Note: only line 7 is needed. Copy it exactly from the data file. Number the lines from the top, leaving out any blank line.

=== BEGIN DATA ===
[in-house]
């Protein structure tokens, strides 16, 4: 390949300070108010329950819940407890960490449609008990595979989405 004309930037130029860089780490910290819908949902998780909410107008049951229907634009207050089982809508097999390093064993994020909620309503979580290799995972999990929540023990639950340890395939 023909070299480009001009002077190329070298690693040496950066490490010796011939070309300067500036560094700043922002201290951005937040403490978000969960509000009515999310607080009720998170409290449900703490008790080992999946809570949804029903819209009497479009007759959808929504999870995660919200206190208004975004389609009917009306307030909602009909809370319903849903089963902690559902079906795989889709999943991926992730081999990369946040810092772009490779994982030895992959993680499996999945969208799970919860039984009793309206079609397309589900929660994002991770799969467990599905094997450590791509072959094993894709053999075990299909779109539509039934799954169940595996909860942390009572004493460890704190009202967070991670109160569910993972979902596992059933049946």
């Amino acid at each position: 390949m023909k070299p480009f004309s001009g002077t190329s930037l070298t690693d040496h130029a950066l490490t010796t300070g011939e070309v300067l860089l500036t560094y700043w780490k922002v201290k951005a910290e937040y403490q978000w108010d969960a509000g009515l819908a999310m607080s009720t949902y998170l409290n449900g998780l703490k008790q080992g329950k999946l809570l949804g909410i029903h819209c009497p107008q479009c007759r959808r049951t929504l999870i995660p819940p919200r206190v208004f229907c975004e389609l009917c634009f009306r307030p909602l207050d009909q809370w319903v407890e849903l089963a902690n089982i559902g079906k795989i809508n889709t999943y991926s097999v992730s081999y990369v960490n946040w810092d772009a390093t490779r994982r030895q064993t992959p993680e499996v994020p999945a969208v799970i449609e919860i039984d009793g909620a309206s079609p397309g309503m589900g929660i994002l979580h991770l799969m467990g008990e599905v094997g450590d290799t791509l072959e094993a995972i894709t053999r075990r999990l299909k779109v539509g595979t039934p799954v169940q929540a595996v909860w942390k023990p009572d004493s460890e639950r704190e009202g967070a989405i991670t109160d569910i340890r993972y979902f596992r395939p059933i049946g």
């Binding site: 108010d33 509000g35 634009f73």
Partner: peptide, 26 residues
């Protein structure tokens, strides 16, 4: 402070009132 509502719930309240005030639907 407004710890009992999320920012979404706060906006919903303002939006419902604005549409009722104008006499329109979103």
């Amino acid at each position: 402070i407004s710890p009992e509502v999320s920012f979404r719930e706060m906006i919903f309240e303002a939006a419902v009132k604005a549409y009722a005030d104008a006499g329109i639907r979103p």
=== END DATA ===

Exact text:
């Amino acid at each position: 402070i407004s710890p009992e509502v999320s920012f979404r719930e706060m906006i919903f309240e303002a939006a419902v009132k604005a549409y009722a005030d104008a006499g329109i639907r979103p």